“It is become a kind of fashion among writers, to admit, as a maxim, that if you could be always sure of a wise, active, and virtuous prince, monarchy would be the best of governments. But this is so far from being admissible, that it will forever remain true, that a free government has a great advantage over a simple monarchy. The best and wisest prince, by means of a freer communication with his people, and the greater opportunities to collect the best advice from the best of his subjects, would have an immense advantage in a free state over a monarchy. A senate consisting of all that is most noble, wealthy, and able in the nation, with a right to counsel the crown at all times, is a check to ministers, and a security against abuses, such as a body of nobles who never meet, and have no such right, can never supply. Another assembly, composed of representatives chosen by the people in all parts, gives free access to the whole nation, and communicates all its wants, knowledge, projects, and wishes to government; it excites emulation among all classes, removes complaints, redresses grievances, affords opportunities of exertion to genius, though in obscurity, and gives full scope to all the faculties of man; it opens a passage for every speculation to the legislature, to administration, and to the public; it gives a universal energy to the human character, in every part of the state, such as never can be obtained in a monarchy.”

A well-balanced representation, if it does its job, keeps the people as a whole—the elite class and the demos–connected. It draws them together, amid some political chafing to be sure. Failing that, we are likely to see that ancient story of the people against the aristoi.

Today’s would-be elites sometimes seem to wish that they served other people than the ones who elected them. No one, after all, likes having a boss. And people with elite university degrees are very unlikely to accept that common citizens are, in fact, their masters. The kicker is, given the ideology prevailing among today’s elites, that they do so while claiming to represent “egalitarian values.”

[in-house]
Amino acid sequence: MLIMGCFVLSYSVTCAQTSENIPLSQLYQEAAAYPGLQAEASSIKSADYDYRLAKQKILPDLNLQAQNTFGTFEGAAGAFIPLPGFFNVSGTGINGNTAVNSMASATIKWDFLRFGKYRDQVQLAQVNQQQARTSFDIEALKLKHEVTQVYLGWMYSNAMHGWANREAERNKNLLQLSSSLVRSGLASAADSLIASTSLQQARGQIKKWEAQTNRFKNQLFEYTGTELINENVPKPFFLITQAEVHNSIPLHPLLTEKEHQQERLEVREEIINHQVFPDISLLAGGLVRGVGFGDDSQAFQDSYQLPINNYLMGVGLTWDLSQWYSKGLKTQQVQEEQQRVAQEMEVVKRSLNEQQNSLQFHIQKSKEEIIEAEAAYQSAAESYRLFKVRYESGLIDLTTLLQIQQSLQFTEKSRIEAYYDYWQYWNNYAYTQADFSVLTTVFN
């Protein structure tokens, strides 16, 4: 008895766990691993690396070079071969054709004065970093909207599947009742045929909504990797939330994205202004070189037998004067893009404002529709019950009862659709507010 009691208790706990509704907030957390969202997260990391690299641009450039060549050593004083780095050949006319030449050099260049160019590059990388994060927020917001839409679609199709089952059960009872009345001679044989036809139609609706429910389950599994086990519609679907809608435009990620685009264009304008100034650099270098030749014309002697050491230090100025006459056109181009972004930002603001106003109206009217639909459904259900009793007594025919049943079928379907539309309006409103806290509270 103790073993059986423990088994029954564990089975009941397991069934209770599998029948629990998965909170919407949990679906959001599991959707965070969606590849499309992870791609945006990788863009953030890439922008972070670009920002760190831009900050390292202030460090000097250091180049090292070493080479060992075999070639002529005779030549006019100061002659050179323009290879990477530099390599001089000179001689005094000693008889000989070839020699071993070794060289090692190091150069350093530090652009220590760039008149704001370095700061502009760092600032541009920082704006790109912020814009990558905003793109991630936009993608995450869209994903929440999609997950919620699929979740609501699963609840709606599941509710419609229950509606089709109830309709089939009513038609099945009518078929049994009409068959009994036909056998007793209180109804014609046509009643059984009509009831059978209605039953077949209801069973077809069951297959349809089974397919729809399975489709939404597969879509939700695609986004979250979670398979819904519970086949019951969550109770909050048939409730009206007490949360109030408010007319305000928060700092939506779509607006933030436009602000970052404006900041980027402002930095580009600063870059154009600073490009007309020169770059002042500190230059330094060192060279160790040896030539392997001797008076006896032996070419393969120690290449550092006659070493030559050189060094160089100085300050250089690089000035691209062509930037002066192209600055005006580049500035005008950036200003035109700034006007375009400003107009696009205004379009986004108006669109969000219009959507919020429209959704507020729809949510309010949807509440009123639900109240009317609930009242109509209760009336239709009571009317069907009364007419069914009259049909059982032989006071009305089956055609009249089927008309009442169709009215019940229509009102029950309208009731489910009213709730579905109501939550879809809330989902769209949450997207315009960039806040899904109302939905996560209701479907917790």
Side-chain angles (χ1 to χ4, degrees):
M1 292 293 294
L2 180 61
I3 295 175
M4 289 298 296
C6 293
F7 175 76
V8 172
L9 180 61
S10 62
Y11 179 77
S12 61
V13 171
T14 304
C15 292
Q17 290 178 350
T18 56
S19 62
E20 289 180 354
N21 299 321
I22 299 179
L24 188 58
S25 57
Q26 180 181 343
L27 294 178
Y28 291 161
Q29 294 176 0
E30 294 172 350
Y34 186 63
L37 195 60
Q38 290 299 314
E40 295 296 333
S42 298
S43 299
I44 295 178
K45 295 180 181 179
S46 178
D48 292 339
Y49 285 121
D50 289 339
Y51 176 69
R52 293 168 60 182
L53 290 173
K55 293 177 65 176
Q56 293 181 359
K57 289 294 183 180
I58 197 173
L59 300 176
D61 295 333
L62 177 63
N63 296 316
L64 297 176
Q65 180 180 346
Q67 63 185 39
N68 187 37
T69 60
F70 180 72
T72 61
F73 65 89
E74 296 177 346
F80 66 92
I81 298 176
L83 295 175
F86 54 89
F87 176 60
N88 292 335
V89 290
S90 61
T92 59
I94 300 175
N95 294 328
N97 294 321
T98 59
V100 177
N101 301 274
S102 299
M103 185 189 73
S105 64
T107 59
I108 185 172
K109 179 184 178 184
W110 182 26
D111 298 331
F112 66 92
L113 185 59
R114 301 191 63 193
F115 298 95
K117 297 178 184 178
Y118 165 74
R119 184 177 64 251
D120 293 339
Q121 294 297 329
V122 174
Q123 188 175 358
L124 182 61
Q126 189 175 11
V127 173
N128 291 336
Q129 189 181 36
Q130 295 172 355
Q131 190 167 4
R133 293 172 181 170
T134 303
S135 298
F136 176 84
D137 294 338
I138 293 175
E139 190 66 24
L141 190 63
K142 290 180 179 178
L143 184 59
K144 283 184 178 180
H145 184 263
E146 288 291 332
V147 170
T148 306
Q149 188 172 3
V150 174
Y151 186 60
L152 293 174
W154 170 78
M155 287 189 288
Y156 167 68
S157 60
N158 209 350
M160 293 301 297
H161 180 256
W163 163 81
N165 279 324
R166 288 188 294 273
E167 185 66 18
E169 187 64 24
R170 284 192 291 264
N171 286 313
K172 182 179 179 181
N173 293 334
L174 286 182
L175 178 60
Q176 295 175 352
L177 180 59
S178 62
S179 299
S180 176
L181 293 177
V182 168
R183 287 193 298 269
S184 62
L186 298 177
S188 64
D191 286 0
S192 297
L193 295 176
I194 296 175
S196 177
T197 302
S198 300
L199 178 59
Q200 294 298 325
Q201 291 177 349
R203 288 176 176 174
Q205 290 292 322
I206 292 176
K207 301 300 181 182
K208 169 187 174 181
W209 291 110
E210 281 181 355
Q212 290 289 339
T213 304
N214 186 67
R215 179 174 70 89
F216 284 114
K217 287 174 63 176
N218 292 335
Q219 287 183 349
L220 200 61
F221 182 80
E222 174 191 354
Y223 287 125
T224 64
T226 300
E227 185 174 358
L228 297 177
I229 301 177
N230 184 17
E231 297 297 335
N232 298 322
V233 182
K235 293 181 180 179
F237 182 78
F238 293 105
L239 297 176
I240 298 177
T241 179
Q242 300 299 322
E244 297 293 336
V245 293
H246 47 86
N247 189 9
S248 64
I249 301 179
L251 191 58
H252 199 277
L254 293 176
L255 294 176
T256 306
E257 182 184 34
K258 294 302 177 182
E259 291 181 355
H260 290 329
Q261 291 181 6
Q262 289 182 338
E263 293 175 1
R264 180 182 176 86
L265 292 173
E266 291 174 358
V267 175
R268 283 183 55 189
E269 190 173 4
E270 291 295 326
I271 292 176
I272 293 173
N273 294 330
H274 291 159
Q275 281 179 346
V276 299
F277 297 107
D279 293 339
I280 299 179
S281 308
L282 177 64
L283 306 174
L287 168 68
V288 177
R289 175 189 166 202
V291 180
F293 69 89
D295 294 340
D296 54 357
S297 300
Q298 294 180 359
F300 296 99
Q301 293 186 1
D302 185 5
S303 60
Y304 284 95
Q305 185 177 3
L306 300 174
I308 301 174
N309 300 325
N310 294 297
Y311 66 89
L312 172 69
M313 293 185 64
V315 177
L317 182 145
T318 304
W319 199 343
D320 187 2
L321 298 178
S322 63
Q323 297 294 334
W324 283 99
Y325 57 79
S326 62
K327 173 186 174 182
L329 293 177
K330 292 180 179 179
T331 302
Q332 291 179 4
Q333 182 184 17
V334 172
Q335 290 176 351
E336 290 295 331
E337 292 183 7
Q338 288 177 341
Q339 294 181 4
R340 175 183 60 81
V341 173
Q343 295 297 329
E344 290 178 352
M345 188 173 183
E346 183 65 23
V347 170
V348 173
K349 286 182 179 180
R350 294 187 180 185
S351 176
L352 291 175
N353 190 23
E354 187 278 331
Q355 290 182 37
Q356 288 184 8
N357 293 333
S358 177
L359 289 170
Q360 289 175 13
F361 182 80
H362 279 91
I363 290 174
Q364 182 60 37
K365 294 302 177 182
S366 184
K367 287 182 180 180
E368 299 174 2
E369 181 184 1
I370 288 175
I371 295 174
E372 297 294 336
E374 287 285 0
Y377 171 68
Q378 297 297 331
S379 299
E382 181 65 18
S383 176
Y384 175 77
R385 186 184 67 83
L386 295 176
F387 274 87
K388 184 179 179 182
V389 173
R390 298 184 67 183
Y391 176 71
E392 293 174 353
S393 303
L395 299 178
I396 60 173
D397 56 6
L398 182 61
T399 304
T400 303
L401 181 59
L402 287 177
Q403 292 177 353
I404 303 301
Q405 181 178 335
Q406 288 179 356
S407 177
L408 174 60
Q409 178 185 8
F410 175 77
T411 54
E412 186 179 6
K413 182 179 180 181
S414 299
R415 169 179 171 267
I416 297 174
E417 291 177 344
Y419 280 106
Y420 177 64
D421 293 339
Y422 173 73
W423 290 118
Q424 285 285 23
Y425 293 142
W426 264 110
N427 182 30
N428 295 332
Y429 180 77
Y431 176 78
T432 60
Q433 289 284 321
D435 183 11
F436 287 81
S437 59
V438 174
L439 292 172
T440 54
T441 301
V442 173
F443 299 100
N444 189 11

Unless our representative institutions can be made more truly representative, and our lawmaking can be made to reflect the will of the people, the populist wave will crash harder than we are prepared to expect.

Richard Samuelson

Richard Samuelson is Associate Professor of History at California State University, San Bernardino.

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  1. gabe says

    “And people with elite university degrees are very unlikely to accept that common citizens are, in fact, their masters. [or may actually be their intellectual equals] would perhaps better round out this statement.

  2. Scott Amorian says

    Once again professor Samuelson is spot on. The closing issues in the essay summarize the problem, but I would expand a little.

    Making the representative institutions more truly representative is important. In the senate that means representative of the values and collective conscience of the citizens, not with the majoritarian rage of the day, The primary task of the senate according to its original design is to prevent majorities from abusing minorities through law. In 1970 a law was passed, the Legislative Reorganization Act of 1970, that opened up the senate to direct popular scrutiny and influence. The hope was that greater transparency would somehow lead to better government through better majoritarian influence.

    What actually happened, though, is that the most powerful and influential, not the average citizen, acquired greater influence over the senators. The senators lost the ability to vote their conscience because their vote now leads to punishments or rewards. A certain amount of party discipline is necessary in representative government, but the amount of party discipline created by the 1970 law is excessive (at least in the senate). With an excess of openness the senate became more representative of the will of the majority, and less representative of the values and conscience of the citizens.

    To reform representation of the conscientious chamber the 1970 law must be amended. The senate needs greater freedom from outside influences if it is to do its job correctly.

    Reforms to the executive are needed also, since the candidates offered by either party this year are desired by a small minority, but hated by the majority. Their claims of qualification are dubious. The primary system needs reform. The primary system was developed around the end of the 1800s through the early 1900s by the Progressive Party. The primary system reformed the older system which was basically party bosses choosing the candidates. While the primary system was perhaps an improvement over the old system, it has evolved into the strange and ineffective system we have today.